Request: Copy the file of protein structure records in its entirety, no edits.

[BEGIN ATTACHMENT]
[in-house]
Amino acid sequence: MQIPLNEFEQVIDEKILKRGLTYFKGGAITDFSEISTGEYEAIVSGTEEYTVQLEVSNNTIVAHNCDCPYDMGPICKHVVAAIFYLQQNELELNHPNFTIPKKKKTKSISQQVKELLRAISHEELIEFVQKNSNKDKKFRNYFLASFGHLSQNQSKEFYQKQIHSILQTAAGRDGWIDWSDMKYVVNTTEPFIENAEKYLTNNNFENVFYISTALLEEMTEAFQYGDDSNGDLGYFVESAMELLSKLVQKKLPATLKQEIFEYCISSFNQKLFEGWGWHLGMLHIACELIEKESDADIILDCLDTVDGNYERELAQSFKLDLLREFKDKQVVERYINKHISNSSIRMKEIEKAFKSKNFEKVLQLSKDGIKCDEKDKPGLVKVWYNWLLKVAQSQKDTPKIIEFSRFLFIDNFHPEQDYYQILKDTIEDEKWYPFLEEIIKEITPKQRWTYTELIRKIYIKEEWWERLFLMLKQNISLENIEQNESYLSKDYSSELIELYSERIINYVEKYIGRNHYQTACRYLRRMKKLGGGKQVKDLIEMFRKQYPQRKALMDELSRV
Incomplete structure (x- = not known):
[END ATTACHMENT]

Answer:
[in-house]
Amino acid sequence: MQIPLNEFEQVIDEKILKRGLTYFKGGAITDFSEISTGEYEAIVSGTEEYTVQLEVSNNTIVAHNCDCPYDMGPICKHVVAAIFYLQQNELELNHPNFTIPKKKKTKSISQQVKELLRAISHEELIEFVQKNSNKDKKFRNYFLASFGHLSQNQSKEFYQKQIHSILQTAAGRDGWIDWSDMKYVVNTTEPFIENAEKYLTNNNFENVFYISTALLEEMTEAFQYGDDSNGDLGYFVESAMELLSKLVQKKLPATLKQEIFEYCISSFNQKLFEGWGWHLGMLHIACELIEKESDADIILDCLDTVDGNYERELAQSFKLDLLREFKDKQVVERYINKHISNSSIRMKEIEKAFKSKNFEKVLQLSKDGIKCDEKDKPGLVKVWYNWLLKVAQSQKDTPKIIEFSRFLFIDNFHPEQDYYQILKDTIEDEKWYPFLEEIIKEITPKQRWTYTELIRKIYIKEEWWERLFLMLKQNISLENIEQNESYLSKDYSSELIELYSERIINYVEKYIGRNHYQTACRYLRRMKKLGGGKQVKDLIEMFRKQYPQRKALMDELSRV
Incomplete structure (x- = not known):